Jessica – The Allman Brothers
The Allman Brothers Band’s instrumental song Jessica, the second single from their fourth studio album, Brothers and Sisters, was released in December 1973.
Dickey Betts’ daughter, Jessica, inspired this song for the Allman Brothers. She crawled into the room, inspiring him as he worked on this song. Although it didn’t do that great on the charts, this instrumental tune has remained a mainstay on classic rock radio and a fan favorite.
Bird with No Name – Jimmy Herring
For the tribute album Highway Butterfly: The Songs of Neal Casal, Jimmy Herring, and Circles Around The Sun recorded Neal Casal’s Bird With No Name (Sweeten The Distance, 2011). However, Jimmy has replicated it on his guitar in a mind-blowing instrumental way.
Neal’s original version, of course, contained his incredible vocals and lyrics. There is no doubt that Jimmy gave his all when playing the guitar, and his fans have recognized his talent through his guitar skills.
Slipknot – Grateful Dead
This mysterious addition to the group’s collection is one of the Dead’s most dynamic and complex song cycles. It transitions from the nostalgic and slightly melancholy feeling into the turbulent slipknot, which always feels like different forces warring back and forth, and abruptly into the wave of love that strikes you as magically and metaphorically.
The last act always helps you remember to let the past go, but the difficulties of yesterday behind you, and cultivate gratitude in the present.
Manha de Carnaval – paco de Lucia, al di Meola, and John McLaughlin
Another excellent song from The Guitar Trio album.
The story behind the album? After 13 years apart, Al Di Meola, Paco de Luca, and John McLaughlin recorded The Guitar Trio (a reunion album) in 1996.
The Mystery – Tommy Emmanuel
Unquestionably, one of the best guitarists to ever perform was Tommy Emmanuel; he was a master, an inspiration, and a legend when he played The Mystery. In my opinion, this was one of the most beautiful songs ever composed.
I recall playing this CD in my car as loud as I could stand whenever I was on the highway. I’ve always found this song to be moving and stand out from most of his other songs. Tommy Emmanuel is a genuine prodigy, a talented and fascinating artist, and from what I can gather, a first-rate person.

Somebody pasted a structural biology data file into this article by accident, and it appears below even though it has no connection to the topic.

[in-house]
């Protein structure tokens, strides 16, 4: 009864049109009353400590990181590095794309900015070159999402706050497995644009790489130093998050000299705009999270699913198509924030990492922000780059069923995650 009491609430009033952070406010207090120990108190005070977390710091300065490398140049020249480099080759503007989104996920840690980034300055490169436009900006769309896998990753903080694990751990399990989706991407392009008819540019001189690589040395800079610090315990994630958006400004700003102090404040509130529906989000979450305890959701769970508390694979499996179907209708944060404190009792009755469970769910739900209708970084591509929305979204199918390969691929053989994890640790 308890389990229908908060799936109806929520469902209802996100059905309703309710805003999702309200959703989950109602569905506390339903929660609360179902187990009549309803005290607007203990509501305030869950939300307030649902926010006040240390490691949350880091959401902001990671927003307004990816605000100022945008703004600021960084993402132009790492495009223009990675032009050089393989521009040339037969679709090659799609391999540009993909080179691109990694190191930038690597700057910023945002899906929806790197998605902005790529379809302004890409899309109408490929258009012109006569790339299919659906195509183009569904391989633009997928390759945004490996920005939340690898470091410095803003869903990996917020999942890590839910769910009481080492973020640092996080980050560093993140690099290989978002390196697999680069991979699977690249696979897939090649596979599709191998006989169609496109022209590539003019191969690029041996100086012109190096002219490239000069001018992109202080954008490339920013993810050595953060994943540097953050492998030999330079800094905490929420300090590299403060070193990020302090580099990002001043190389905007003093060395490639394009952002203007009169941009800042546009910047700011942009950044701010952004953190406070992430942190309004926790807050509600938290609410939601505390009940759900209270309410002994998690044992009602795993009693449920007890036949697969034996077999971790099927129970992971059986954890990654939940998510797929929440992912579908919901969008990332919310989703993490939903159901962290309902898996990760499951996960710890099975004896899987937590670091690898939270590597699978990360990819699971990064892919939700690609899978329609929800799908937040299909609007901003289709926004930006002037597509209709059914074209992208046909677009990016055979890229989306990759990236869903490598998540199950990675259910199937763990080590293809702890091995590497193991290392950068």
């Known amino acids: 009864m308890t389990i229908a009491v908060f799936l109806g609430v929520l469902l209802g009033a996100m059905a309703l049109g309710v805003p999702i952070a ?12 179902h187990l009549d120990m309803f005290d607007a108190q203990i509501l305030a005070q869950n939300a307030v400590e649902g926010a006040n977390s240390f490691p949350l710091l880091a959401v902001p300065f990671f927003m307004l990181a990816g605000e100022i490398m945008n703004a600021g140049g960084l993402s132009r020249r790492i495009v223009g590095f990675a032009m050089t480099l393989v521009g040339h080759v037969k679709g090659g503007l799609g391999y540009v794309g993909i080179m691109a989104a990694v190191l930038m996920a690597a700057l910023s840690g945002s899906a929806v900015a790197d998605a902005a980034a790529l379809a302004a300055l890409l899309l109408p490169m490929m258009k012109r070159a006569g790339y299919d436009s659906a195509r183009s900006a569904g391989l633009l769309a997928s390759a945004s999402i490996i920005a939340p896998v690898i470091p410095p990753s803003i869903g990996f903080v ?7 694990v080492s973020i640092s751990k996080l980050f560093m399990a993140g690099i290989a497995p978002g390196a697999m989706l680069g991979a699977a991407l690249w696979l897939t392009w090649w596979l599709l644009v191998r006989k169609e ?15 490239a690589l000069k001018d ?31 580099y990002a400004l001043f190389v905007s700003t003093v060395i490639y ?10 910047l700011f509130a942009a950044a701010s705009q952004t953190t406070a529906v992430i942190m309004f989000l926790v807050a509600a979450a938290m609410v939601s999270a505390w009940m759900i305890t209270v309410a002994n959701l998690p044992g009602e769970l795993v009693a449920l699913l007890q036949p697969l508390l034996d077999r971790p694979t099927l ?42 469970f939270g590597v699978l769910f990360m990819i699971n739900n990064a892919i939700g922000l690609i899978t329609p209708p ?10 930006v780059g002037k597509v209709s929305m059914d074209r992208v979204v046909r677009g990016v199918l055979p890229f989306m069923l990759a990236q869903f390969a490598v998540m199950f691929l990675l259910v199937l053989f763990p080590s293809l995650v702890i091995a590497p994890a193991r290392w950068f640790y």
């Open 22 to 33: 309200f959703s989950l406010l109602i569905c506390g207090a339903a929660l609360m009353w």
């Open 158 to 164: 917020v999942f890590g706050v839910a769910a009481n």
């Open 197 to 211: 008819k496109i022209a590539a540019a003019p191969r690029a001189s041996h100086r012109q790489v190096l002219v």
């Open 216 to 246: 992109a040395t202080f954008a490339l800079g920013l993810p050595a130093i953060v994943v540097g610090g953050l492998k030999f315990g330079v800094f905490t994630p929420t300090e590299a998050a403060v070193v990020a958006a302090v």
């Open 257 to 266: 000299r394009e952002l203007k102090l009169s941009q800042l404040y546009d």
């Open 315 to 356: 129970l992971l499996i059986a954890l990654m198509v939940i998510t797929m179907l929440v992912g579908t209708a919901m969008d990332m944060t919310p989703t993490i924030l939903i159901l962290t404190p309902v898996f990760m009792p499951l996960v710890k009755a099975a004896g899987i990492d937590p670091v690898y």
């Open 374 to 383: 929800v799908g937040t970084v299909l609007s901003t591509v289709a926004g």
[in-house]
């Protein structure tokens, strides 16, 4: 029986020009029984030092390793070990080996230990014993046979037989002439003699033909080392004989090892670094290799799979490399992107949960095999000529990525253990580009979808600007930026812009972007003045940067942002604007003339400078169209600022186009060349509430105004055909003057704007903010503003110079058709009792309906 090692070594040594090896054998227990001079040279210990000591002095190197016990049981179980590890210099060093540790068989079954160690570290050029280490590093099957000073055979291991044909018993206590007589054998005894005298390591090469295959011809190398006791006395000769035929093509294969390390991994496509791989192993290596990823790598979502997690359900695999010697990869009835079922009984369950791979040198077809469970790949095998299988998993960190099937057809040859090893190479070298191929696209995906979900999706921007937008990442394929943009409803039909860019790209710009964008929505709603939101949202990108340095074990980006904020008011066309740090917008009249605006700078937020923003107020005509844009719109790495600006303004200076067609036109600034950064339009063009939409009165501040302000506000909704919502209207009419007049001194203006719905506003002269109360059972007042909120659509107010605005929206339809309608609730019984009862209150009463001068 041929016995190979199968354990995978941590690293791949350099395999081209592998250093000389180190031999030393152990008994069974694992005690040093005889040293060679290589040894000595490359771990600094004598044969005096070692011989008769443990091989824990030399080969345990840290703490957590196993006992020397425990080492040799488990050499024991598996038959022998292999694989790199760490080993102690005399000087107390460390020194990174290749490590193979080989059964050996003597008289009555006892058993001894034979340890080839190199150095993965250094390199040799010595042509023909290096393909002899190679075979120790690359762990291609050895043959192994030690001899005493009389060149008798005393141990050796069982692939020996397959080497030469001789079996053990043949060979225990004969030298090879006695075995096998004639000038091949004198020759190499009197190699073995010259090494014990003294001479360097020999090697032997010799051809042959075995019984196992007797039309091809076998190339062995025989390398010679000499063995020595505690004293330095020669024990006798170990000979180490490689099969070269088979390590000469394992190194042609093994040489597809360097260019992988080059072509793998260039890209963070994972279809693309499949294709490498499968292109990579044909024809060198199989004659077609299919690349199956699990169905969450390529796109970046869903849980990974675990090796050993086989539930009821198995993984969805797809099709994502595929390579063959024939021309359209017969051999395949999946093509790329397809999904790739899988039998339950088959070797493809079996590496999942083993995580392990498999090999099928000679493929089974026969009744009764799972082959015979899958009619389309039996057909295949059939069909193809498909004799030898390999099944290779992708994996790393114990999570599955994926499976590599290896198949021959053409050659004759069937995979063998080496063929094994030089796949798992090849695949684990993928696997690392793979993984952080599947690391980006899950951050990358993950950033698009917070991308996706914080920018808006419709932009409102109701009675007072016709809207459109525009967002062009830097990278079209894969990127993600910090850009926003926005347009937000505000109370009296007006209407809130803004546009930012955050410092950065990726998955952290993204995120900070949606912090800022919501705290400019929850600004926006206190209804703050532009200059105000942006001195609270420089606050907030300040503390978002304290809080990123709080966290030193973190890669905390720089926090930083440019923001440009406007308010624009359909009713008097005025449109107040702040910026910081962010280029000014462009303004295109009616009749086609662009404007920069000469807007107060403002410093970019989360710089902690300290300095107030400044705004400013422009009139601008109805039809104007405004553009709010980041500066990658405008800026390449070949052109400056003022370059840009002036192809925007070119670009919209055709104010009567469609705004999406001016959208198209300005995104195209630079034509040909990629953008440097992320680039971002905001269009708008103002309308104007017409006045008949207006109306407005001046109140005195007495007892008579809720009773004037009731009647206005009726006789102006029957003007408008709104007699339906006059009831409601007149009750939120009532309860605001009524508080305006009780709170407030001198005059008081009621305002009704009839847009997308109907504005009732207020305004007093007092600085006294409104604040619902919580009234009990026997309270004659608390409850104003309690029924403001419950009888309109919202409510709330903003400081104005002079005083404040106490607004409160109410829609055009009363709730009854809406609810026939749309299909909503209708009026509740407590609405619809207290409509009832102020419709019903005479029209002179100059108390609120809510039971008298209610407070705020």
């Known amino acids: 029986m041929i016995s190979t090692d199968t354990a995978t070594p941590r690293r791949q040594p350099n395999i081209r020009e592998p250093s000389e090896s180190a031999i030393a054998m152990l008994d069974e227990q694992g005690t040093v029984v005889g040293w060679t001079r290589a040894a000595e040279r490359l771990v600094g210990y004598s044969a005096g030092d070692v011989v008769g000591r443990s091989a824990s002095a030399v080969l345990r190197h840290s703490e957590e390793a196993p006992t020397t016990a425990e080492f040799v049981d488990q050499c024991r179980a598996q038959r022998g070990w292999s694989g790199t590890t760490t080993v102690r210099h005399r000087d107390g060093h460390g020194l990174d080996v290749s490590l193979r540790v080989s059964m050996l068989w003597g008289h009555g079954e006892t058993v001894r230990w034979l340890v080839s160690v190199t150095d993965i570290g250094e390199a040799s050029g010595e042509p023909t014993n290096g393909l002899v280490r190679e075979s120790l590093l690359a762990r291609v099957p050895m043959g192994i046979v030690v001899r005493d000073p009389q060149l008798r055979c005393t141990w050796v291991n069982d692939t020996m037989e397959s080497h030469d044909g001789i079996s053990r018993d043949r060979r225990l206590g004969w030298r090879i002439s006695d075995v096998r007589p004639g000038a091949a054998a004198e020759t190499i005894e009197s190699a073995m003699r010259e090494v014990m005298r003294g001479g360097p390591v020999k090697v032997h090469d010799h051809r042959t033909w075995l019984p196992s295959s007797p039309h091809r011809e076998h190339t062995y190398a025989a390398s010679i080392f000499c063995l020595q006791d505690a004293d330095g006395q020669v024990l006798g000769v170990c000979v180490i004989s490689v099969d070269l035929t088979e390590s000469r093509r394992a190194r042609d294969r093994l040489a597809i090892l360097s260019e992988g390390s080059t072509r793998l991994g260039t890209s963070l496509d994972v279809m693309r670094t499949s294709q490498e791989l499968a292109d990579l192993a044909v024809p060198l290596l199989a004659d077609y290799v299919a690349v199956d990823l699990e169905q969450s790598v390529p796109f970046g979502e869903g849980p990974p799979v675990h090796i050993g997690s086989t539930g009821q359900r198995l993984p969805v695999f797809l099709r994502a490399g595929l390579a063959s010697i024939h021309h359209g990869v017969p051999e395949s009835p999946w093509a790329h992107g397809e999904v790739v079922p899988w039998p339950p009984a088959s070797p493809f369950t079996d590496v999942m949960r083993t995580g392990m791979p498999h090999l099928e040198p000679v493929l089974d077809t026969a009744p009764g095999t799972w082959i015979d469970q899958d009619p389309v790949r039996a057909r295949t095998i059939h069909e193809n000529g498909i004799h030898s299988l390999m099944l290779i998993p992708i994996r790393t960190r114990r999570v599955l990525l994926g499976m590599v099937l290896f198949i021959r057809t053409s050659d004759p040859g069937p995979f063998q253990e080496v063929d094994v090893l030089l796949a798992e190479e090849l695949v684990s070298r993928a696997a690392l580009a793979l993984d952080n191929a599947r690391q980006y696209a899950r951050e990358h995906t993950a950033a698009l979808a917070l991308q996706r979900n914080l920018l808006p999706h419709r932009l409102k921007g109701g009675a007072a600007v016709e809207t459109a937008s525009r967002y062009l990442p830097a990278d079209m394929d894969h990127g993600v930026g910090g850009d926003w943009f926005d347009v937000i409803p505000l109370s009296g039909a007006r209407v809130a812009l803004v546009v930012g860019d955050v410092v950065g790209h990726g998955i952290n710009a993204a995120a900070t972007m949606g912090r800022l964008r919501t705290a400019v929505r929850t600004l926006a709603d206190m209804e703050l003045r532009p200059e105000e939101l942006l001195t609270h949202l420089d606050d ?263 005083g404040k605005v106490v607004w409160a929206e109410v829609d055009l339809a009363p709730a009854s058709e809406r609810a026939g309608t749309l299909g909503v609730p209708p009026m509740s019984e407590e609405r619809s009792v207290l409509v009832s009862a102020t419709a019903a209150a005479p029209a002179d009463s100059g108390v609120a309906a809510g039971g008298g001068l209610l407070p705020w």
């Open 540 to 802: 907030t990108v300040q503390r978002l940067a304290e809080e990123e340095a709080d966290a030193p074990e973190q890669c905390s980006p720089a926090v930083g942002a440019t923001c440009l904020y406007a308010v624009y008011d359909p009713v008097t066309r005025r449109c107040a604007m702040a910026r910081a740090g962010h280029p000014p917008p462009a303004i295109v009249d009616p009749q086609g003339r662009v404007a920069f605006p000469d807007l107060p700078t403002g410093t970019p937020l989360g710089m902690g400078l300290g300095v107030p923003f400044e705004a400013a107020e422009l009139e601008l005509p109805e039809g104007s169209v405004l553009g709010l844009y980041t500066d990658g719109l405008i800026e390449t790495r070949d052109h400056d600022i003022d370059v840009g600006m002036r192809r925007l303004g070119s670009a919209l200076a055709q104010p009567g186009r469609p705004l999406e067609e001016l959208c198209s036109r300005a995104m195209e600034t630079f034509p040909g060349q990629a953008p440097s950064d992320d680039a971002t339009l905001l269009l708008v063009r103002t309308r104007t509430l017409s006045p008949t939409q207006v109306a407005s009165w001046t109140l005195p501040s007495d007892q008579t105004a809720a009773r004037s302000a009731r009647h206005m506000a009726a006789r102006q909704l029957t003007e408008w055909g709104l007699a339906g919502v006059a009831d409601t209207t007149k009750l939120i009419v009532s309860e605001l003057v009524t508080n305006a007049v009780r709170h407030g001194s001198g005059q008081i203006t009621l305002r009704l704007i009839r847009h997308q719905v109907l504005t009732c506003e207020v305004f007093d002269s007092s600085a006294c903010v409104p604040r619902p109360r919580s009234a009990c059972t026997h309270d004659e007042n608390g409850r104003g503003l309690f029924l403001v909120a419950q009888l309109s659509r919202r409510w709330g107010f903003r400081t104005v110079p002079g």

Lost Indian – Norman Blake, Tony Rice & Doc Watson
Lost Indian is the pinnacle of delicate flat plucking. If you like flattop picking and grinning, you should know how to play Lost Indian. This trio does it very much to a T.
By their performance styles, the soloists can be identified. Rice stretches the form and incorporates a lot of jazzy material, whereas Doc is rapid and plays more classic riffs. Norman is a little slower but very clean on traditional variations. He takes risks, and if they don’t always pay off in previous recordings, they certainly do in this one.
Choctaw Hayride – Alison Krauss & Union Station
Jerry Douglas, a dobro player for Union Station, created this instrumental bluegrass stomper. Who could reject this? Even if you don’t like this kind of music, the musicianship in this song is superb.
Although I prefer heavy rock, I’m the first to admit that Alison Krauss and Union Station are a musical gift from above. The most tasteful layering can be found in this arrangement. Excellent timing, listening, and overall musicianship.
Machete – Buckethead
Machete by Buckethead gives me extreme melancholy. I feel like I’m missing and yearning for something meaningful when I listen to these tunes. Oddly, but in a good way.
It’s more than just a standout tune; it’s something else, going above and beyond a simple note, rhythm, and scale arrangement. It’s a profound experience, for sure. It speaks to you and conveys a narrative in a way that most songs fail to do. Every second, every note, and every emotion are audible to me in it.
Black Napkins – Frank Zappa
Frank blazed a route in Black Napkins that few but the intellectually troubled could appreciate because he was in the headspace and had a solid social and humorous take on life, especially in the surrealistic 1960s L.A. atmosphere.
I believe that every one of us responds differently to Frank’s music, and it is well known that he wrote and performed his music with cautious, deliberate listeners in mind. He put in a lot of effort to create the music he desired. In any field of endeavor, that sets excellent geniuses apart from the rest of us.
Freeway Jam – Jeff Beck
This entire album showcases such a unique and extraordinarily fortunate combination of talent. Jeff Beck is one of the main reasons I feel lucky to be a guitar enthusiast. Nearly 40 years after its release, Freeway Jam remains as enjoyable as ever. Timeless.
When playing Strats, Beck could do some incredible things with just his fingers and the whammy bar. His elegance and control were unmatched, and they still are. We can all credit him for fostering a diverse pool of guitar prowess.
Have You Heard – Pat Metheny
One of the best musical compositions I can think of thus far is Have You Heard. The solo is where everything happens—what a fantastic solo. Metheny jumps from one peak to the next before giving it back to the group with a flawless landing. What an adventure!
And yes, the anticipation created by the chords before the solo is terrific. The entire piece is astounding, including the composition and the solo vocalist’s use. I didn’t want to make a pun, but I’ve never heard anything like it!